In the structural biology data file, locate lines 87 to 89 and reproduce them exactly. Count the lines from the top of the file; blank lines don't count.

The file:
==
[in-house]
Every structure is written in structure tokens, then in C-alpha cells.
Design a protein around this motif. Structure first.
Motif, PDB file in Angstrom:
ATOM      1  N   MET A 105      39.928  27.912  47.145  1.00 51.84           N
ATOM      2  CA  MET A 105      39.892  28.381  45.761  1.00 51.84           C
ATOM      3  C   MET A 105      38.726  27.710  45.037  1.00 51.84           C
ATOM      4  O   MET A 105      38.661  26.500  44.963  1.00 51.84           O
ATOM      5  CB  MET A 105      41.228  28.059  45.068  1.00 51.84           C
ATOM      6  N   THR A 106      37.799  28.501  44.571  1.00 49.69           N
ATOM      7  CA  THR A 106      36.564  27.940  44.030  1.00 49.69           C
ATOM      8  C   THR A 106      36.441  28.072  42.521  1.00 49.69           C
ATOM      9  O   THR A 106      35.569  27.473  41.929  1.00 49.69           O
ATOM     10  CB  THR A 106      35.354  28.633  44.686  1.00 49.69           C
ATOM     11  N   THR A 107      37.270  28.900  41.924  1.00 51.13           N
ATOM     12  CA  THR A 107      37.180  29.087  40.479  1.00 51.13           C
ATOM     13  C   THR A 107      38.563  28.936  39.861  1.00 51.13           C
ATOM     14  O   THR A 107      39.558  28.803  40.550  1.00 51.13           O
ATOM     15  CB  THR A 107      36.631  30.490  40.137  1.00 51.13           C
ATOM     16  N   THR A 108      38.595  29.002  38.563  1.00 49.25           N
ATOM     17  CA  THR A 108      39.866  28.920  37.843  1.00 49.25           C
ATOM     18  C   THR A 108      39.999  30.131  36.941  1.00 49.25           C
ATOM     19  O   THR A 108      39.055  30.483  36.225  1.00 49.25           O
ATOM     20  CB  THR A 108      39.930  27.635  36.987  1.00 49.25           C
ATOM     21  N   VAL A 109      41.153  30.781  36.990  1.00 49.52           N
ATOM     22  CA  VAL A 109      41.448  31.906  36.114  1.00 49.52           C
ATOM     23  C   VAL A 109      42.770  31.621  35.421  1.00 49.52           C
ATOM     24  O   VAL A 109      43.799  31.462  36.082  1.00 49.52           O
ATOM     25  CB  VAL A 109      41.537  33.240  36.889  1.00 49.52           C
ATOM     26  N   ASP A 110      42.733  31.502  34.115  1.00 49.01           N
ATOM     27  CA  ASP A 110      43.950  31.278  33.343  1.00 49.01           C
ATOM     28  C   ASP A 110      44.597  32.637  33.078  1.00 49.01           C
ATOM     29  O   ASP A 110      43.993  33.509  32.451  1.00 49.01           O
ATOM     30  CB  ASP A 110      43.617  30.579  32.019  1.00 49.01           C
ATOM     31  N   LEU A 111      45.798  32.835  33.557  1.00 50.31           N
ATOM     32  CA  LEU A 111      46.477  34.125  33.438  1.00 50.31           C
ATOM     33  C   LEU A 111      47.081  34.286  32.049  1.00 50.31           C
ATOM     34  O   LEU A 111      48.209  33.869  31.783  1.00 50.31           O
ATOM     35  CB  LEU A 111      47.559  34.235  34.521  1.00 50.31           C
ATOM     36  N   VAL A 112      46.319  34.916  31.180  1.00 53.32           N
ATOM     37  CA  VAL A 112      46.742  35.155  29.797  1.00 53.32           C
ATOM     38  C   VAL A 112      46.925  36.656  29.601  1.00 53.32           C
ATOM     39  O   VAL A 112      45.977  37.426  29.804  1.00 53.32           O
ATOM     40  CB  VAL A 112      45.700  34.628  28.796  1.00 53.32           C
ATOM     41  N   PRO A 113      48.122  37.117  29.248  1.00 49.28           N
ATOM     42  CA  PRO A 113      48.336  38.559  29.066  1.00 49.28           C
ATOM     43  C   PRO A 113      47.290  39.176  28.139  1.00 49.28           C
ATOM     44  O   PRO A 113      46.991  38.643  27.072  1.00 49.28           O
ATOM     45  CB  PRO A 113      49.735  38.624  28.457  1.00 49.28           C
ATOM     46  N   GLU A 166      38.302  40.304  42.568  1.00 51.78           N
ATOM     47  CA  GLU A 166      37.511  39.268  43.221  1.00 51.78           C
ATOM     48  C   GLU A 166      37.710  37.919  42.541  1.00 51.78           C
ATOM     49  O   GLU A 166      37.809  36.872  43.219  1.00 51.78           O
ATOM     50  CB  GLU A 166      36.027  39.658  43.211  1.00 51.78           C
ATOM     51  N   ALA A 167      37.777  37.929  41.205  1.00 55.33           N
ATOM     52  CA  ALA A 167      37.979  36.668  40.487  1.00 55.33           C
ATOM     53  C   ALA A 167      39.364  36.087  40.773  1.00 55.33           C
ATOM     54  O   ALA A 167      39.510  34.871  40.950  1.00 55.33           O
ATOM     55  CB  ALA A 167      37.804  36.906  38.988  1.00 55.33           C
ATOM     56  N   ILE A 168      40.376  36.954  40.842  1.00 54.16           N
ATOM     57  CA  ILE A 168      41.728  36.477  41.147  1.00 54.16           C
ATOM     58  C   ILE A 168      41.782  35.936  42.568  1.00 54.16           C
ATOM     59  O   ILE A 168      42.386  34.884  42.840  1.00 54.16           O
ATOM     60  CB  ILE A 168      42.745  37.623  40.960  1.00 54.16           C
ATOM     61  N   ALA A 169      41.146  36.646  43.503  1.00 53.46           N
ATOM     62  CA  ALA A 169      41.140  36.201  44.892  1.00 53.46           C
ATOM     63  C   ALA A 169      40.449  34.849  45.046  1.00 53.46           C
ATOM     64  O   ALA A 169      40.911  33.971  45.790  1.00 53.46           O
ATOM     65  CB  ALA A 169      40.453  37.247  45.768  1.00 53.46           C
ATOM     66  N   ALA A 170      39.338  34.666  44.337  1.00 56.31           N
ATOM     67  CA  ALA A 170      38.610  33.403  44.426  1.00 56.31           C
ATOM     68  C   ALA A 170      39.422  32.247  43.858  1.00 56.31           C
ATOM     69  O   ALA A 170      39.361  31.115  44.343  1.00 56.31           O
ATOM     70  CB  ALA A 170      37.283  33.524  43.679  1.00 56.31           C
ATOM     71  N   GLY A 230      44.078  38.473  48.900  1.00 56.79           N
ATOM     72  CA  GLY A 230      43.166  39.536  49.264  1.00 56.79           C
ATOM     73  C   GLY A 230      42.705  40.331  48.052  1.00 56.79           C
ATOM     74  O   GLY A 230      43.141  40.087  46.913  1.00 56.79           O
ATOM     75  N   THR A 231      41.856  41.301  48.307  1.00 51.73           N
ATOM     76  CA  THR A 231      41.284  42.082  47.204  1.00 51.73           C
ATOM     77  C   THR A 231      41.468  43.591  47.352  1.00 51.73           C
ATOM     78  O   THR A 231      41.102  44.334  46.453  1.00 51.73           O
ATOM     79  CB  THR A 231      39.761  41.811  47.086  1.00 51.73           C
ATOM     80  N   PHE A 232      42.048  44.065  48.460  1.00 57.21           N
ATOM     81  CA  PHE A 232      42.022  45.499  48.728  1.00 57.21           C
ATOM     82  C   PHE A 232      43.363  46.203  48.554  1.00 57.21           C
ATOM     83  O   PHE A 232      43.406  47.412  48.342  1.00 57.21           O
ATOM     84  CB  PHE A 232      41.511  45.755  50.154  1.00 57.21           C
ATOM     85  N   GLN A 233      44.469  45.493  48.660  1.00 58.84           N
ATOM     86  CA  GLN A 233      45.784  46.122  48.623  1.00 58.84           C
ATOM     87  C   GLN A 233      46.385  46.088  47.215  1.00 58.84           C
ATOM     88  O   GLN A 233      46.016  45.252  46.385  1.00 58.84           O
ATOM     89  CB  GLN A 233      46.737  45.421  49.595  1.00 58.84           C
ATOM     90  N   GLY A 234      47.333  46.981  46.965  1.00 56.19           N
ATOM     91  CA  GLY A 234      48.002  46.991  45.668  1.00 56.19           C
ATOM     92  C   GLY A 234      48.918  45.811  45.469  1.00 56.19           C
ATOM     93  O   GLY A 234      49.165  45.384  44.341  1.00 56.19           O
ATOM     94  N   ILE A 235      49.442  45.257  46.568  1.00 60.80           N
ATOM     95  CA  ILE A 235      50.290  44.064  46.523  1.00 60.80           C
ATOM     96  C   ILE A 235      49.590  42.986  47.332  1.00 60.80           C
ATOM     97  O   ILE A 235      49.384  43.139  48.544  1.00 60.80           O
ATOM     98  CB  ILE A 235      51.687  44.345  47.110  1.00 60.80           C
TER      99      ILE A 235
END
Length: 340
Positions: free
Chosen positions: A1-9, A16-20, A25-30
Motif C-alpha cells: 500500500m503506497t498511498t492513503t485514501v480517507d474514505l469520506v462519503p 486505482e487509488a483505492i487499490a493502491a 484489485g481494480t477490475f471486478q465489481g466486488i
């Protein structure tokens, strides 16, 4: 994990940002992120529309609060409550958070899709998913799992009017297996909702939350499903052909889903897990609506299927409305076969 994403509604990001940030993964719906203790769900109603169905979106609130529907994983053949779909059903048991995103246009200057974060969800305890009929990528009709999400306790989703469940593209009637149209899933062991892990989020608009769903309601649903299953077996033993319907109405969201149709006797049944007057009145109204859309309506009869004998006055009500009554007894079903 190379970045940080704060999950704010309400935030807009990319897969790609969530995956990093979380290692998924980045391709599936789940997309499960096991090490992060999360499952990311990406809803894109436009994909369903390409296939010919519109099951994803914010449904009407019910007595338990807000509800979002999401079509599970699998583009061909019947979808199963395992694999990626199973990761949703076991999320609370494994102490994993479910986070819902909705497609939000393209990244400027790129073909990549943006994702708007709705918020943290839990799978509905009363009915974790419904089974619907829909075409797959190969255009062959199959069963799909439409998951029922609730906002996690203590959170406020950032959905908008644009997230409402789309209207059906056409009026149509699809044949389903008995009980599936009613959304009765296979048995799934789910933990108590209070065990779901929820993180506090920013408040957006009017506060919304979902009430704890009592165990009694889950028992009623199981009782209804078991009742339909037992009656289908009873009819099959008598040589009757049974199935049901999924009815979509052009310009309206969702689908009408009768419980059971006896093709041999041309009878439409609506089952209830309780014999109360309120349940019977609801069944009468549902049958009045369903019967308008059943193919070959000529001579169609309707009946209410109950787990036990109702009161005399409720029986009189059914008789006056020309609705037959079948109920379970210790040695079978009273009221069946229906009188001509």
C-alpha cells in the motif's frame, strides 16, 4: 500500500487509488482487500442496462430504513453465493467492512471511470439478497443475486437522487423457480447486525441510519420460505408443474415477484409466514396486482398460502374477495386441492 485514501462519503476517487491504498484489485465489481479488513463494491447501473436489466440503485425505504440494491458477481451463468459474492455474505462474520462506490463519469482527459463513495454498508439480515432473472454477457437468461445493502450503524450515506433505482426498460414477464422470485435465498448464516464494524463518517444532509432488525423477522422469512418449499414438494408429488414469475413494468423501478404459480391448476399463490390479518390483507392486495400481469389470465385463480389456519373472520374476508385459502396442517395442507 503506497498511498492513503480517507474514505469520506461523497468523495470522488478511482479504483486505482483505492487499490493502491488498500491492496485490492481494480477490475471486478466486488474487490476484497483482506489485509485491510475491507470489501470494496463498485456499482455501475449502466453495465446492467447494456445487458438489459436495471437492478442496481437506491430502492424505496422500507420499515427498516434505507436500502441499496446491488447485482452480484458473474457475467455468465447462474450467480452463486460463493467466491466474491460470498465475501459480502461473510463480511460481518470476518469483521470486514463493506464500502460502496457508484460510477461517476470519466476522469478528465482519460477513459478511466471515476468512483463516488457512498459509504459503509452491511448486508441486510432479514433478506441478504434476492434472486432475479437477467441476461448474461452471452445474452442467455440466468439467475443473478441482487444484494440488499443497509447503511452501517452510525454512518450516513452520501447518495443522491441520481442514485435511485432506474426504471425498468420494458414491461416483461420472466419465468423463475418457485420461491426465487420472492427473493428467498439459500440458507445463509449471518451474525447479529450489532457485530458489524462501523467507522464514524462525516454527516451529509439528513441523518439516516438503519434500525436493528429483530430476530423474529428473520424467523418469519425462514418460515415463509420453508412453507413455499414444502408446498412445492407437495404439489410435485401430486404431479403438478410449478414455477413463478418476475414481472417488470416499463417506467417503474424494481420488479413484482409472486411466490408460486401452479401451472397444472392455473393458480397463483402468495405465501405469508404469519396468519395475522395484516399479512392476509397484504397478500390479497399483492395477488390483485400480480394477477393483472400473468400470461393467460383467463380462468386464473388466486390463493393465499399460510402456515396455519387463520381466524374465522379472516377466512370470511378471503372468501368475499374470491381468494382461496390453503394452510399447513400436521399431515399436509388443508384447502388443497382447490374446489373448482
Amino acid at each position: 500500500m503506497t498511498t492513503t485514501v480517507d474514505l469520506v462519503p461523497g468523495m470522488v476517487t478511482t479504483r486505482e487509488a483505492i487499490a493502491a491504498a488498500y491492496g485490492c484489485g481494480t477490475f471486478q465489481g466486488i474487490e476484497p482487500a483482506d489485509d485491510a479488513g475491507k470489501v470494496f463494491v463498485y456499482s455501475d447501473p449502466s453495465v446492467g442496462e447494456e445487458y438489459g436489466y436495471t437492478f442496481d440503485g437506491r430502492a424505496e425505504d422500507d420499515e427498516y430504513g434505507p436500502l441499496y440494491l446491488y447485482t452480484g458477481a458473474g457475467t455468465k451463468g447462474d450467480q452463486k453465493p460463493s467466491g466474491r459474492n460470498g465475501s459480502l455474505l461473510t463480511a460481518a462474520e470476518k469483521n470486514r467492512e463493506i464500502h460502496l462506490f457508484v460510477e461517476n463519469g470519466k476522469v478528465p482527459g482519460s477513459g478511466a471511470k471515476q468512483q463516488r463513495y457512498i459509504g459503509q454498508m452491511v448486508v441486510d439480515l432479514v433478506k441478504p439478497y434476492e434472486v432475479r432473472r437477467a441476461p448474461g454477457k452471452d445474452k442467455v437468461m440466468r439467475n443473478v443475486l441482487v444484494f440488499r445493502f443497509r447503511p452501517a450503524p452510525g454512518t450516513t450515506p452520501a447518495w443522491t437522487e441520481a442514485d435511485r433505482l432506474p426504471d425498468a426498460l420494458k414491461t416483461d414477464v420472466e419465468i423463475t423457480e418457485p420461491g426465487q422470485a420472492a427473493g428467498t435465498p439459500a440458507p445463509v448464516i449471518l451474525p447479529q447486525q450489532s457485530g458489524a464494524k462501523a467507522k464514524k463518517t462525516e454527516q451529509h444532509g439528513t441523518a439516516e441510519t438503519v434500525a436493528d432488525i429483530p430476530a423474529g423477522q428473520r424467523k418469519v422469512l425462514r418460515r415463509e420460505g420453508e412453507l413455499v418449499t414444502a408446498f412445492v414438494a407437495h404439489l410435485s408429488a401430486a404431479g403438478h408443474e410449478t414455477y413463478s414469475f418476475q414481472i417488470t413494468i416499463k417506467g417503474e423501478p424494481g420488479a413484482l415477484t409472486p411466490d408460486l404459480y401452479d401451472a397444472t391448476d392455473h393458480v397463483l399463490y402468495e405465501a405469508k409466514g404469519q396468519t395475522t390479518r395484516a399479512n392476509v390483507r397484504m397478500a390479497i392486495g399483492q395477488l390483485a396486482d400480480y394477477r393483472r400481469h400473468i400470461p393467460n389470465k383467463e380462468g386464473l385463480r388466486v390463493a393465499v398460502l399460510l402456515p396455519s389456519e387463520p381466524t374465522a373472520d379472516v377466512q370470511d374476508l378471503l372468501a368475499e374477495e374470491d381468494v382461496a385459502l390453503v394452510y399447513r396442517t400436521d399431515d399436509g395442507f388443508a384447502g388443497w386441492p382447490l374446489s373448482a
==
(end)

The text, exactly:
ATOM     83  O   PHE A 232      43.406  47.412  48.342  1.00 57.21           O
ATOM     84  CB  PHE A 232      41.511  45.755  50.154  1.00 57.21           C
ATOM     85  N   GLN A 233      44.469  45.493  48.660  1.00 58.84           N